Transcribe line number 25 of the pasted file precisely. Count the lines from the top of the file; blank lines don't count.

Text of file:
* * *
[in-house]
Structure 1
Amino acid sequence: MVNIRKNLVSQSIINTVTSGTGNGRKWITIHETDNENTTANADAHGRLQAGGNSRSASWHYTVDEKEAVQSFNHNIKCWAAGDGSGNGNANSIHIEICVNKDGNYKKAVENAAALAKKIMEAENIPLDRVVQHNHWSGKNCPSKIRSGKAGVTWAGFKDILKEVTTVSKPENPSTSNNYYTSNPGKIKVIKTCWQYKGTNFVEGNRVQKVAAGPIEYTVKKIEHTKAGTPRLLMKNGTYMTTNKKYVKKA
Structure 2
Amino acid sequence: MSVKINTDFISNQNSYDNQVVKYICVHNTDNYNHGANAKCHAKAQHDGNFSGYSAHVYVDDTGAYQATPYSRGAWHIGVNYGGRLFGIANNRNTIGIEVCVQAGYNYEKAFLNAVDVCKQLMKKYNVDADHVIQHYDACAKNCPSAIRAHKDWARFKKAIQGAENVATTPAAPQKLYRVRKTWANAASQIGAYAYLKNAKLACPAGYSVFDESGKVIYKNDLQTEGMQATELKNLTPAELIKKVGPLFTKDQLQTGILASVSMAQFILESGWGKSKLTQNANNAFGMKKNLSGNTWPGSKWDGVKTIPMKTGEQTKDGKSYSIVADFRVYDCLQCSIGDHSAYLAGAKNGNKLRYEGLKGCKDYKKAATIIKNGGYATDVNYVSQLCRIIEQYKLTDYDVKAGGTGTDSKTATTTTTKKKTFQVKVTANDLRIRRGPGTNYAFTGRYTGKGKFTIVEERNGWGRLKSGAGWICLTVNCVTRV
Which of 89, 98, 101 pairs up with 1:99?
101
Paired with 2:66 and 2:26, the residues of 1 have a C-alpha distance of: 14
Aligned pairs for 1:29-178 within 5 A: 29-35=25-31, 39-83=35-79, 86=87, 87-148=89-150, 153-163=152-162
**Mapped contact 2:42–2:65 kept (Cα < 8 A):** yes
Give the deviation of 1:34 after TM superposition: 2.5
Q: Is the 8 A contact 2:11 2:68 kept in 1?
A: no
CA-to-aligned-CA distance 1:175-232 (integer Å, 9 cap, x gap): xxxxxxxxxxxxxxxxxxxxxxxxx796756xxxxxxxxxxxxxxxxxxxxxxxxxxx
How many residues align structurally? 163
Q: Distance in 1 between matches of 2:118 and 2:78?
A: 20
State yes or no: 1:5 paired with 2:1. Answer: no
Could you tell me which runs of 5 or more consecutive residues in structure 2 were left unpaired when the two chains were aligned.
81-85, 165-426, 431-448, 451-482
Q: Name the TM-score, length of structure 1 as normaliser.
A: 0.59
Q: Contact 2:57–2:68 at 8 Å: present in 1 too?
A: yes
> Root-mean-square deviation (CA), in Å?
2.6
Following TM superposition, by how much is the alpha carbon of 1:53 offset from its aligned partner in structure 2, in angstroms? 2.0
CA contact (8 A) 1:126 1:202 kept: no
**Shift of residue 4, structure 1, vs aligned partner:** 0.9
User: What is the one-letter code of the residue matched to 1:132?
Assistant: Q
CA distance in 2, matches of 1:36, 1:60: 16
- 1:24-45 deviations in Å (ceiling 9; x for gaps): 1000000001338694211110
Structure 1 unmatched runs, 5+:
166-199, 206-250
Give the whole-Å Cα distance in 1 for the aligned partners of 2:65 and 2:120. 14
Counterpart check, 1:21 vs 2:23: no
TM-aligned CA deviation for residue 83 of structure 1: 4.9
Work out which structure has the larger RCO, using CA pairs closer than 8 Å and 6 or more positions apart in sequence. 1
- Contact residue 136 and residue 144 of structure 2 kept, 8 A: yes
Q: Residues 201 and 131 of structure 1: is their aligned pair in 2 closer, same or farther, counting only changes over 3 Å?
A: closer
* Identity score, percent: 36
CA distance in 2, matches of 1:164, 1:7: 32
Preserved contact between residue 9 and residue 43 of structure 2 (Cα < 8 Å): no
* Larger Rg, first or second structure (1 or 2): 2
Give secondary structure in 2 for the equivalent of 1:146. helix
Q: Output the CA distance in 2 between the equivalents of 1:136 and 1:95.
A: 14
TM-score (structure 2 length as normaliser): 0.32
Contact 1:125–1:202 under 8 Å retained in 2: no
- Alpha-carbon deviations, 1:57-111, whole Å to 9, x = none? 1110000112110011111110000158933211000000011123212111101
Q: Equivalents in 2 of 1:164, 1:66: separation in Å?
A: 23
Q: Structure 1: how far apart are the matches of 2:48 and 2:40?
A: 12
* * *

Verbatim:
> Root-mean-square deviation (CA), in Å?